Leaving Facebook for 2022

For the new year, I’m deleting my Facebook account. I won’t rehash the reasons in details, but the short of it is that Facebook is incredibly good at following people everywhere they go on the internet, and it warps the web into merely a network for selling you stuff and selling access to your eyeballs. Facebook has an enormous amount of power, and has proven that it can’t be trusted with that power. Deleting my account is one of the few ways I can push back. The more people that do this, the less completely Facebook can claim to be the be-all-end-all of social networks, and the easier the choice to leave will be for the next person.

Deleting my account isn’t an easy choice, because I really do value Facebook’s core feature of connecting me with people I know and like and love. That’s why I think it’s important to find and focus on other ways of staying connected.

I’m going to try out one way of staying connected: the open source, decentralized social network software Diaspora. I’ve set up my own server — diaspora.ragesoss.com — and I hope to build back at least some of my digital connections there. (The basic idea of Diaspora is that it’s a social network where the users are in complete control of the software. Anyone on one Diaspora server (a “pod”) can make connections with friends on any other Diaspora server, so it doesn’t really matter which one you call home. But since I know enough to run a server myself, I want to give it a spin!)

Please join me, and try to make something work that isn’t Facebook! Email me — sage@ragesoss.com — if you want an invite. It’ll be quiet at first, but I’ll try to post updates about me and my family to get updates flowing.

The other thing I’m aspiring to do, since I’ve download all my Facebook data, is to go through everyone on my Friends list and send a personal message to as many people as possible, to let friends know what they mean to me (and to invite them to try out a non-Facebook social network along with me).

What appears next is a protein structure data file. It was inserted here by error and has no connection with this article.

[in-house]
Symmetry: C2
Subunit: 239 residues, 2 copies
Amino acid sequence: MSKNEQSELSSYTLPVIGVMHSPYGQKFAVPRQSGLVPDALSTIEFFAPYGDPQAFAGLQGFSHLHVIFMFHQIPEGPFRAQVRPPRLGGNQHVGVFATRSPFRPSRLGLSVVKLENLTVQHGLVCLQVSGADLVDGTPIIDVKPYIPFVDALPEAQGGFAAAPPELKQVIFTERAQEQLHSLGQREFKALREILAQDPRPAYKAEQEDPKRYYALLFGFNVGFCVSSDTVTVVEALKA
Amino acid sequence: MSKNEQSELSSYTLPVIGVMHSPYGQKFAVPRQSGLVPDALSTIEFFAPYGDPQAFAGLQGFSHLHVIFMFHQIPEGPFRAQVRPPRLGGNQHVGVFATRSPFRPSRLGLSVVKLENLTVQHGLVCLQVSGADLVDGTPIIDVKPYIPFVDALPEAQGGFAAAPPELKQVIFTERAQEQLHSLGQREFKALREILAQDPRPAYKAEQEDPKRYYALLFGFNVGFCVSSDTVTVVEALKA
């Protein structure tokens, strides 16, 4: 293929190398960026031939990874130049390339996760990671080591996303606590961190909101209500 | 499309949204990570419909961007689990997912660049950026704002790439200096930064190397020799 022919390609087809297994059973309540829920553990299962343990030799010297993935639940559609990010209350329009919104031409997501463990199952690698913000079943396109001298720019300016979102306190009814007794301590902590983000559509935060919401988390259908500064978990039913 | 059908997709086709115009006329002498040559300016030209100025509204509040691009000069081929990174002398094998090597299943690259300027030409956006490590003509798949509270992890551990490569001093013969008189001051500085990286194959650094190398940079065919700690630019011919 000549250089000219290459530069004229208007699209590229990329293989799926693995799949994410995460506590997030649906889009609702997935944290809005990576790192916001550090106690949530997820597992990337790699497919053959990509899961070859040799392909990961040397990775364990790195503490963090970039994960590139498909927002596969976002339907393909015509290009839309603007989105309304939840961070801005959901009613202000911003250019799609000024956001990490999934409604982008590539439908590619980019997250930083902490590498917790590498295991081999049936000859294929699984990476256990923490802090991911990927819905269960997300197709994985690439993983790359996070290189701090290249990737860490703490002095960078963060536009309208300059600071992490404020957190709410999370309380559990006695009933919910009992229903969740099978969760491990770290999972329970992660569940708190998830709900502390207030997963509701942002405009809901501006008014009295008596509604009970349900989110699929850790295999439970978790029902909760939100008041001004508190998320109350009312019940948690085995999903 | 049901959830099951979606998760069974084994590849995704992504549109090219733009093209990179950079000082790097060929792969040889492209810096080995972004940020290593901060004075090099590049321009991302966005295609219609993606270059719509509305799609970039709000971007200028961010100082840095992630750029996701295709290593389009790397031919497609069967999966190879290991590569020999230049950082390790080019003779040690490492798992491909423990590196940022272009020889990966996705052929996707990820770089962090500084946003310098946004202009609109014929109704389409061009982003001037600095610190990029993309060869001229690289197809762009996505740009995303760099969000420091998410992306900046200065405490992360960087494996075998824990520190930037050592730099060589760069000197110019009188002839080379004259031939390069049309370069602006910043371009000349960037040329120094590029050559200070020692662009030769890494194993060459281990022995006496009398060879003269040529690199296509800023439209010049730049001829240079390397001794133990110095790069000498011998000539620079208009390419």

A yak shave turned good: Switching from Poltergeist to Headless Chrome for Capybara browser tests

I just finished up migrating all the Capybara feature tests in my Rails/React app from Poltergeist to Headless Chrome. I ran into a few issues I didn’t see covered in other write-ups, so I thought I’d pull together what I learned and what I found useful.

This pull request shows all the changes I had to make.


Poltergeist is based on the no-longer-maintained PhantomJS headless browser. When we started using PhantomJS a few years ago, it was the only good way to run headless browser tests, but today there’s a good alternative in Selenium with Chrome’s headless mode. (Firefox has a headless mode now as well.) I briefly tried out a switch to headless Chrome a while ago, but I ran into too many problems early on and gave up.

This time, I decided to try it again after running into a weird bug — which I still don’t know the cause of. (Skip on down if you just want the migration guide.) This was a classic yak shave…

I got a request to add support for more langauges for one a particular feature, plots of the distribution of Wikipedia article quality before and after being worked on in class assignments. The graphs were generated with R and ggplot2, but this was really unreliable on the international version of the app. To get it working more reliably, I decided to try to reimplement the graphs client-side, using Vega.js. The type of graph I needed — kernel density estimation — was only available in a newer version of Vega, so first I needed to update all the other Vega plots in the app to work on the latest version of Vega, which had a lot of breaking changes from the version we’d been on. That was tough, but along the way I made some nice improvements to the other plots along with a great-looking implementation of the kernel density plot. But as I switched over to the minified versions of the Vega libraries and got ready to call it done, all of a sudden my feature specs were all failing. They passed fine with the non-minified versions, but the exact same assets in minified form — the distributed versions, straight from a CDN — caused Javascript errors that I couldn’t replicate in a normal browser. My best guess is that there’s some buggy interaction between Vega’s version of UglifyJS and the JS runtime in PhantomJS, which is triggered by something in Vega. In any case, after failing to find any other fixes, it seemed like the right time to take another shot at the Poltergeist → headless Chrome migration — which I’m happy to say, worked out nicely. So, after what started as an i18n support request, I’m happy to report that my app no longer relies on R (or rinruby to integrate between R and Ruby) and my feature tests are all running more smoothly and with fewer random failures on headless Chrome.